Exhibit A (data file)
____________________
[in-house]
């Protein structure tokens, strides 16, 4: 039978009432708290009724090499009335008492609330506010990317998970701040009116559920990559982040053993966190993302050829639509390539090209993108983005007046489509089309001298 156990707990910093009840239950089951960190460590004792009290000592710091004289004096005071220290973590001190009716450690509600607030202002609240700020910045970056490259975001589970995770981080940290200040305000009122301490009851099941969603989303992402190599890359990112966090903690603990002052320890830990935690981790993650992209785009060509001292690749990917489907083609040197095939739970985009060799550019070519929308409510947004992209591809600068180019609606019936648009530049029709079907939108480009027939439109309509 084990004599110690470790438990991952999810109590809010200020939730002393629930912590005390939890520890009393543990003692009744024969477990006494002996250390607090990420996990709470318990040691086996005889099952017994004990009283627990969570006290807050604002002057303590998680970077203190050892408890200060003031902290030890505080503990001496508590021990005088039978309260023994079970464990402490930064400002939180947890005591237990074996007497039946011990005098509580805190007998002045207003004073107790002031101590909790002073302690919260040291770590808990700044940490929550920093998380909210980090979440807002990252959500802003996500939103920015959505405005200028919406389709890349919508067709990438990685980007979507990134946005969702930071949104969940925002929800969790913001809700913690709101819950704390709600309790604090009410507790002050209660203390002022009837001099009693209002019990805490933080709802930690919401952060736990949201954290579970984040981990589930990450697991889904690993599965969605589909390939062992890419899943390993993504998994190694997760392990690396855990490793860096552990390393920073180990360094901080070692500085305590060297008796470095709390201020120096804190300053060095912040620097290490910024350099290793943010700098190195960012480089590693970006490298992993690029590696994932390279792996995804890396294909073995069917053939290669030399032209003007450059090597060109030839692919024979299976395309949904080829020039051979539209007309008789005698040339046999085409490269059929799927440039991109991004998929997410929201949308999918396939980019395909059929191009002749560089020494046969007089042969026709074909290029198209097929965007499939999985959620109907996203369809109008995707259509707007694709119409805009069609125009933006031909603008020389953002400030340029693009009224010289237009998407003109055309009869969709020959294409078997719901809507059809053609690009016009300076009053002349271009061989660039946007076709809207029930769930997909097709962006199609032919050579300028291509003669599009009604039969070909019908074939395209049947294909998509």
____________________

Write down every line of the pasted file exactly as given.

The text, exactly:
[in-house]
């Protein structure tokens, strides 16, 4: 039978009432708290009724090499009335008492609330506010990317998970701040009116559920990559982040053993966190993302050829639509390539090209993108983005007046489509089309001298 156990707990910093009840239950089951960190460590004792009290000592710091004289004096005071220290973590001190009716450690509600607030202002609240700020910045970056490259975001589970995770981080940290200040305000009122301490009851099941969603989303992402190599890359990112966090903690603990002052320890830990935690981790993650992209785009060509001292690749990917489907083609040197095939739970985009060799550019070519929308409510947004992209591809600068180019609606019936648009530049029709079907939108480009027939439109309509 084990004599110690470790438990991952999810109590809010200020939730002393629930912590005390939890520890009393543990003692009744024969477990006494002996250390607090990420996990709470318990040691086996005889099952017994004990009283627990969570006290807050604002002057303590998680970077203190050892408890200060003031902290030890505080503990001496508590021990005088039978309260023994079970464990402490930064400002939180947890005591237990074996007497039946011990005098509580805190007998002045207003004073107790002031101590909790002073302690919260040291770590808990700044940490929550920093998380909210980090979440807002990252959500802003996500939103920015959505405005200028919406389709890349919508067709990438990685980007979507990134946005969702930071949104969940925002929800969790913001809700913690709101819950704390709600309790604090009410507790002050209660203390002022009837001099009693209002019990805490933080709802930690919401952060736990949201954290579970984040981990589930990450697991889904690993599965969605589909390939062992890419899943390993993504998994190694997760392990690396855990490793860096552990390393920073180990360094901080070692500085305590060297008796470095709390201020120096804190300053060095912040620097290490910024350099290793943010700098190195960012480089590693970006490298992993690029590696994932390279792996995804890396294909073995069917053939290669030399032209003007450059090597060109030839692919024979299976395309949904080829020039051979539209007309008789005698040339046999085409490269059929799927440039991109991004998929997410929201949308999918396939980019395909059929191009002749560089020494046969007089042969026709074909290029198209097929965007499939999985959620109907996203369809109008995707259509707007694709119409805009069609125009933006031909603008020389953002400030340029693009009224010289237009998407003109055309009869969709020959294409078997719901809507059809053609690009016009300076009053002349271009061989660039946007076709809207029930769930997909097709962006199609032919050579300028291509003669599009009604039969070909019908074939395209049947294909998509």